The Bottom Line
By Peggy A. Gallagher, Thomas H. Powell and Cheryl A. Rhodes; 367 pages. From the book cover: "Brimming with inspiring personal stories, facts and wisdom from the literature, and practical advice, this book will help professionals and families understand and celebrate the special bond between siblings."
There's no doubt that the needs of siblings of children with disabilities are many and undervalued, and a book that will help parents nurture and honor every one of their children is something we desperately require. This book isn't it, but it's a start, and one that offers food for thought.
- Gives lengthy treatment to a bond too often neglected
- Offers advice on including siblings in life of the family and special brother or sister
- Provides extensive guidance on setting up a program to help siblings
- Reads smoothly for a scholarly text
- Reviews research on special-needs siblings in short, accessible form
- The research reviews are short, but there are a LOT of them
- Book is likely intended for professionals, not parents
- While there is practical advice for parents, it makes up a small portion of a big book
- Chapter 1: Listening to Siblings
Chapter 2: What We Know About Sibling Relationships
- Chapter 3: What We Know About Special Brothers and Sisters in the Family System
- Chapter 4: Concerns and Needs of Siblings Living with Brothers and Sisters with Disabilities
- Chapter 5: Providing Information to Children with Siblings with Disabilities
- Chapter 6: Providing Support to Siblings with Brothers and Sisters with Disabilities
- Chapter 7: Social Interaction Between Brothers, Sisters, and Others: How Relationships Are Formed and Maintained
- Chapter 8: Siblings as Teachers
- Chapter 9: Siblings at School: Going Beyond Academics to Support Siblings' Unique Needs
- Chapter 10: Siblings as Adults: Building Secure Futures
Chapter 11: Capstone Strategies for Parents and Siblings
- Appendix A: Related Literature and Media
Appendix B: Information and Services for Siblings and Parents
Guide Review - Book Review: Brothers and Sisters - A Special Part of Exceptional Families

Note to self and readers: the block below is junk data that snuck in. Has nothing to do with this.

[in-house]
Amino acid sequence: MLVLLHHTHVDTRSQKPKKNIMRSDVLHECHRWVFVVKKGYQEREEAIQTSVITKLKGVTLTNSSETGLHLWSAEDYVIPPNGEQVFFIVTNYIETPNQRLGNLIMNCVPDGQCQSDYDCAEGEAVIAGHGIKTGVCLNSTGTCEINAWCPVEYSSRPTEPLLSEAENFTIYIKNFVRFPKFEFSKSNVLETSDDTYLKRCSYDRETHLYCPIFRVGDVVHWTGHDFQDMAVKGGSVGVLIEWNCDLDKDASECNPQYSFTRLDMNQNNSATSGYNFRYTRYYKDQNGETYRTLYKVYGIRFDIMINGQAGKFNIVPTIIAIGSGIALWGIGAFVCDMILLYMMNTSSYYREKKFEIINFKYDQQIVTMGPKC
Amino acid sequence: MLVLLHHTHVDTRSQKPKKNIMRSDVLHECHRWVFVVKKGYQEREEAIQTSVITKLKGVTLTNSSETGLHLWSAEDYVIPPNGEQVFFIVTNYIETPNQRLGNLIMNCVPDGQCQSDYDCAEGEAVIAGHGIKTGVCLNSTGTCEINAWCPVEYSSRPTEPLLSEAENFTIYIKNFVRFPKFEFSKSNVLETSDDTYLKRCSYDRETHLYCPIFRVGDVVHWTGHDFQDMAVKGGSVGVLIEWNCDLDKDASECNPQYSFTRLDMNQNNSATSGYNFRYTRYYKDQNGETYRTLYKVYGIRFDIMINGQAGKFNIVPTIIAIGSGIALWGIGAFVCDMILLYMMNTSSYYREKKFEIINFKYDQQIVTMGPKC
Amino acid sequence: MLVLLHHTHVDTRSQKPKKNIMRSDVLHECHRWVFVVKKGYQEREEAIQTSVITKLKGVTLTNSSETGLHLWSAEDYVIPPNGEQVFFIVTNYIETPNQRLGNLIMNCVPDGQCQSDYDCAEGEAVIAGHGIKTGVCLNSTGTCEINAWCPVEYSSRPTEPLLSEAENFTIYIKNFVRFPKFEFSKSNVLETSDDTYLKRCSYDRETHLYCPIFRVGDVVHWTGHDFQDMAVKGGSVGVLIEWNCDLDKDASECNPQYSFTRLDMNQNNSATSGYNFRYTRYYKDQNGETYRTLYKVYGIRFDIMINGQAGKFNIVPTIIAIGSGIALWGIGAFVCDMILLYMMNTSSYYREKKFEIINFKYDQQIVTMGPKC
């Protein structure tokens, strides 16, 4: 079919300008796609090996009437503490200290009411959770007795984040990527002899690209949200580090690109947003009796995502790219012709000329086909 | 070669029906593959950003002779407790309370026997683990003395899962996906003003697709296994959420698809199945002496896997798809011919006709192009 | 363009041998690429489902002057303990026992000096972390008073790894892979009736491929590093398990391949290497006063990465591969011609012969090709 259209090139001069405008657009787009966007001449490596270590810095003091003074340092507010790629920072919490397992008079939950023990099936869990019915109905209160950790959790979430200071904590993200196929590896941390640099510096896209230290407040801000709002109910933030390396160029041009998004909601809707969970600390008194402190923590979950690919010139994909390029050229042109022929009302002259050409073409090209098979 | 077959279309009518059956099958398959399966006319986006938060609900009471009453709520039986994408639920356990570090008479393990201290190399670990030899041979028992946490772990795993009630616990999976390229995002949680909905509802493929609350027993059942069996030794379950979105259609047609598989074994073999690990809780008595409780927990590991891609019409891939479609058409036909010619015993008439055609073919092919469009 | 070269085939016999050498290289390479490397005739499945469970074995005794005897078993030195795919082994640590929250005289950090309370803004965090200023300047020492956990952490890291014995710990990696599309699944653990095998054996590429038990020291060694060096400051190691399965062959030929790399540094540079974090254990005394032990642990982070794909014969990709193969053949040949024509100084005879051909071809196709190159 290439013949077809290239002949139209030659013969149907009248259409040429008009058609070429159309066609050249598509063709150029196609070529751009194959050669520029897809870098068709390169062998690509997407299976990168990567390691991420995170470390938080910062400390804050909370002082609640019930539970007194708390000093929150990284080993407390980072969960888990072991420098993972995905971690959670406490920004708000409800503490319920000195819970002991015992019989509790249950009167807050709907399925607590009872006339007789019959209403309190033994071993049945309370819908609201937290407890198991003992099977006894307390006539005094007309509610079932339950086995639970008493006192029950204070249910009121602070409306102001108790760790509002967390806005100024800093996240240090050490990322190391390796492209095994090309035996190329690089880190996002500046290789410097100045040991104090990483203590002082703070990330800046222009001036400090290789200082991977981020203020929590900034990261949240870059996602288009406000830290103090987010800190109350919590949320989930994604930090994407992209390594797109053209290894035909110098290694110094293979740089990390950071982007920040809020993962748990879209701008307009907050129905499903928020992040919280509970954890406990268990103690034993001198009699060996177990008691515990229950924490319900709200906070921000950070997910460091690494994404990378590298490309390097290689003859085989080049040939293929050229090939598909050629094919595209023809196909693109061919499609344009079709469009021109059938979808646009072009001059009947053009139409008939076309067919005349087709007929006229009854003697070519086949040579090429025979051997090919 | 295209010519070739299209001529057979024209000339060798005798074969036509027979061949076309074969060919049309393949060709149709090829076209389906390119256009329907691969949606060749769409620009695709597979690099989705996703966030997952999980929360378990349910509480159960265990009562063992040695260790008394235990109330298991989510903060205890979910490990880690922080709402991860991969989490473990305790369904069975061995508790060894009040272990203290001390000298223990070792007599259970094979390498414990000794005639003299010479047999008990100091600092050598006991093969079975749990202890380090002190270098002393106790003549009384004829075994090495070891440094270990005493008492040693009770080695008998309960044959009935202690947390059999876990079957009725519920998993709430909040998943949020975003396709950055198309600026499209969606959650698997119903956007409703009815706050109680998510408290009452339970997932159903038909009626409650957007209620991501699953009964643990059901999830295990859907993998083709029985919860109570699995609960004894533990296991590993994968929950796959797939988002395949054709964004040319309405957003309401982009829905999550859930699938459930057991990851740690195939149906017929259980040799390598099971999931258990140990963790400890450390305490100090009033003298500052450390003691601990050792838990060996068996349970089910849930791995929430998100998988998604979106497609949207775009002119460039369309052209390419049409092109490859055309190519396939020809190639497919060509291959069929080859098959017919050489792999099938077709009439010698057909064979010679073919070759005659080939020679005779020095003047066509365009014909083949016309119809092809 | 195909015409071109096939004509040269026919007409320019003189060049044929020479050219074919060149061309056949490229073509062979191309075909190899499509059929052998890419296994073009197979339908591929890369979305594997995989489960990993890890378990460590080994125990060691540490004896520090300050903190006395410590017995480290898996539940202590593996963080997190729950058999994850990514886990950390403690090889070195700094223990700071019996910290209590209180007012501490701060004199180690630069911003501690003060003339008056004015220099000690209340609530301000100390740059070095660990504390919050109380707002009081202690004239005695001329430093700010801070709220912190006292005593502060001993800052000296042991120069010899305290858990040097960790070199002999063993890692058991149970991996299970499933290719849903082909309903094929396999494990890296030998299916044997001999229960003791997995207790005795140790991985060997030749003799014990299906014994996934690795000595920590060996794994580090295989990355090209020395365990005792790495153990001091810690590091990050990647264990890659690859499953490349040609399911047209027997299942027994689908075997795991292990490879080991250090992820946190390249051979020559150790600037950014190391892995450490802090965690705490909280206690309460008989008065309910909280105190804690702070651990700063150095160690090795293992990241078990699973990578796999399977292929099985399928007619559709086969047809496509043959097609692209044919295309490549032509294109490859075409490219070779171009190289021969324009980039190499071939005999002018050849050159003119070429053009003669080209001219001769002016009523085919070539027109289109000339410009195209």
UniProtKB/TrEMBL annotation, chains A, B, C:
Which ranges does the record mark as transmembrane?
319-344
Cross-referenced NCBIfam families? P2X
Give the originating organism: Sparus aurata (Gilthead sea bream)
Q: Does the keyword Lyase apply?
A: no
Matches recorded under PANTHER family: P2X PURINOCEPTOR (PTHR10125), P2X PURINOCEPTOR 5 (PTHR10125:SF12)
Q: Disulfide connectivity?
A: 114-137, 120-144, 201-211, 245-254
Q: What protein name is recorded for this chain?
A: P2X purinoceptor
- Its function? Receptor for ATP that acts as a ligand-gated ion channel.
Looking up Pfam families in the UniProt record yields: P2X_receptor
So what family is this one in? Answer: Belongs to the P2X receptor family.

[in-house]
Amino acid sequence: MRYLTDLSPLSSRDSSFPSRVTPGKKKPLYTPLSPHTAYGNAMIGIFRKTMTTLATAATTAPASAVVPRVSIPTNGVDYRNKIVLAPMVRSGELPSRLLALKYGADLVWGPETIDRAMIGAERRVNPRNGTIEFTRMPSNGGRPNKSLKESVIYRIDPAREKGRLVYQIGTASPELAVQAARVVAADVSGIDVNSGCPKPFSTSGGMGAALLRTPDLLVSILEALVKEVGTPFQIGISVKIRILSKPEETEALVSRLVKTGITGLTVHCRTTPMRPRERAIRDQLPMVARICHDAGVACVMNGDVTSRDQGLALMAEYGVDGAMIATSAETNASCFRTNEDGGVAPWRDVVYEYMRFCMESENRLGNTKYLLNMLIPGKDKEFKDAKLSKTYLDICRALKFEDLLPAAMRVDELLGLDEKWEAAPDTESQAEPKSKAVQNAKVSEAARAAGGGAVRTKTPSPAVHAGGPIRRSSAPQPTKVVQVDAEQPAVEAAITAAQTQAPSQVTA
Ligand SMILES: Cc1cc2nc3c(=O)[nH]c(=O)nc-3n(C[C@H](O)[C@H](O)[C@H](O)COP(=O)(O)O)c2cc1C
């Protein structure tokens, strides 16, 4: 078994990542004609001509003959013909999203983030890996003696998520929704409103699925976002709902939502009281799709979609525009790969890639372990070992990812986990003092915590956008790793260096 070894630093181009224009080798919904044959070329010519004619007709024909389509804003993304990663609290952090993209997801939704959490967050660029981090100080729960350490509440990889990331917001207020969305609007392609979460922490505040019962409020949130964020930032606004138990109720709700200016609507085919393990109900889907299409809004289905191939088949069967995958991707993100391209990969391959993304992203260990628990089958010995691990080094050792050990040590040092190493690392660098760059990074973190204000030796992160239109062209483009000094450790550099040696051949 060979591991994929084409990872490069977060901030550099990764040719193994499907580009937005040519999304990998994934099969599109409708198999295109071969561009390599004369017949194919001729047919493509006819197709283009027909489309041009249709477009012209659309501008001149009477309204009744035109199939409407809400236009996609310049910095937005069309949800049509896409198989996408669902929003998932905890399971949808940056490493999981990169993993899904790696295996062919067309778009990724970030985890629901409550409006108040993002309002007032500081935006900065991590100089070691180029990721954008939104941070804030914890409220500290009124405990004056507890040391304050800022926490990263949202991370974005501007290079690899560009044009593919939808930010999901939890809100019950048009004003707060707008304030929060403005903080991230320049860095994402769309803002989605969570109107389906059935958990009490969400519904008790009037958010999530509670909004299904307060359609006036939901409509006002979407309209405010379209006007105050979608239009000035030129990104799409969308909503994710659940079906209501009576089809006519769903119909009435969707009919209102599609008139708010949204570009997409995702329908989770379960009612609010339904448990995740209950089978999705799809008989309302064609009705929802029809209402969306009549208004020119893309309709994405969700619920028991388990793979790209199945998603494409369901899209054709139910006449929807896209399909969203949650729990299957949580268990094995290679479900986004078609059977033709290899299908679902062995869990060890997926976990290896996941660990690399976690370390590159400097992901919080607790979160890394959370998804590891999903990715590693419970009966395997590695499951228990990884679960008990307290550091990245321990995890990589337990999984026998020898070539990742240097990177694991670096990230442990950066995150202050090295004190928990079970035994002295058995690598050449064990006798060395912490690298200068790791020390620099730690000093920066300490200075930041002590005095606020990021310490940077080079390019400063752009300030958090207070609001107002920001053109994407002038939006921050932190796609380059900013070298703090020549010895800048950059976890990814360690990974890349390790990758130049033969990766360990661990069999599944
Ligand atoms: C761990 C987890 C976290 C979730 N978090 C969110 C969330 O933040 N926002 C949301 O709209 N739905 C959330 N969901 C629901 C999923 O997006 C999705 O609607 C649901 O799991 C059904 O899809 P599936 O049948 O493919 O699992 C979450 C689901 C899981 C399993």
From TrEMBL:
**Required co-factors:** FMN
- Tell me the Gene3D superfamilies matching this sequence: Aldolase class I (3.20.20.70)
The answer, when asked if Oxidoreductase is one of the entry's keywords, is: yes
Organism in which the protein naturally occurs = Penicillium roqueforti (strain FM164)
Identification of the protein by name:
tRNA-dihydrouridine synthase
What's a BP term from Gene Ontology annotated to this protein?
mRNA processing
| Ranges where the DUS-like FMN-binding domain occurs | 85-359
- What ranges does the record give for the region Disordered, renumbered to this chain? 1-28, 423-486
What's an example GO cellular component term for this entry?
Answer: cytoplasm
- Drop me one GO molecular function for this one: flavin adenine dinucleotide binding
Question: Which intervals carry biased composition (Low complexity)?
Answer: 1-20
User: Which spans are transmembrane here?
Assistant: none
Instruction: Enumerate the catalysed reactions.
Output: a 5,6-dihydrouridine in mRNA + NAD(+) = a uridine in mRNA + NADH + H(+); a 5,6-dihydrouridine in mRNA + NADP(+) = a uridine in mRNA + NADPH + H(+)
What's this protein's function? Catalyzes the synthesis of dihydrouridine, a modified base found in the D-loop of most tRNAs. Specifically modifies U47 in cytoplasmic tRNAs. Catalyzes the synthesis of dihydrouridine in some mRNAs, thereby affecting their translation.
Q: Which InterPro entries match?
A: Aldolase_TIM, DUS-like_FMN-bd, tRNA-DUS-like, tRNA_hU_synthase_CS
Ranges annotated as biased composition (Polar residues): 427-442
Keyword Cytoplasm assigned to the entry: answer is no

I was excited when I got my copy of Brothers and Sisters. Sibling rivalry and resentment and teasing and misunderstandings are the order of the day in my house, with two teenagers, each with his or her own special needs, uncomfortably co-existing. I was looking forward to reading a celebration of the sibling bond, and advice on how to nurture and strengthen it. Some ways to make each child feel valued, too, would be helpful -- and some day to day tips on how to keep the peace wouldn't hurt, either.
And there is information like that between these covers, enough to keep me reading, but it's surrounded by so much scholarly research and information for counselors and care providers that I start to understand how my daughter feels when I go on and on about some concept that's important to her but just slightly over her head. If you have all the reading time in the world, the studies on how sibling relationships form and develop among "normal" siblings and among siblings in special-needs families is actually fairly interesting, in an academic way. But if you're desperate for help right now, you may find yourself losing patience.
From a parent's point of view, the book is perhaps most valuable for the extensive information on what adult siblings will need to do, legally and financially, to help care for a grown special-needs sibling; the "Thirty Strategies for Parents" and "Twenty Strategies for Siblings" that come near the end of the book; and the extensive list of books, organizations and internet sites that provide information and support for siblings. The rest will mostly be helpful if you're planning to seek or organize support groups or school programs for children like yours. Might be a good book to pick up, take what you need, and pass on to school personnel or other support services who can take it the rest of the way.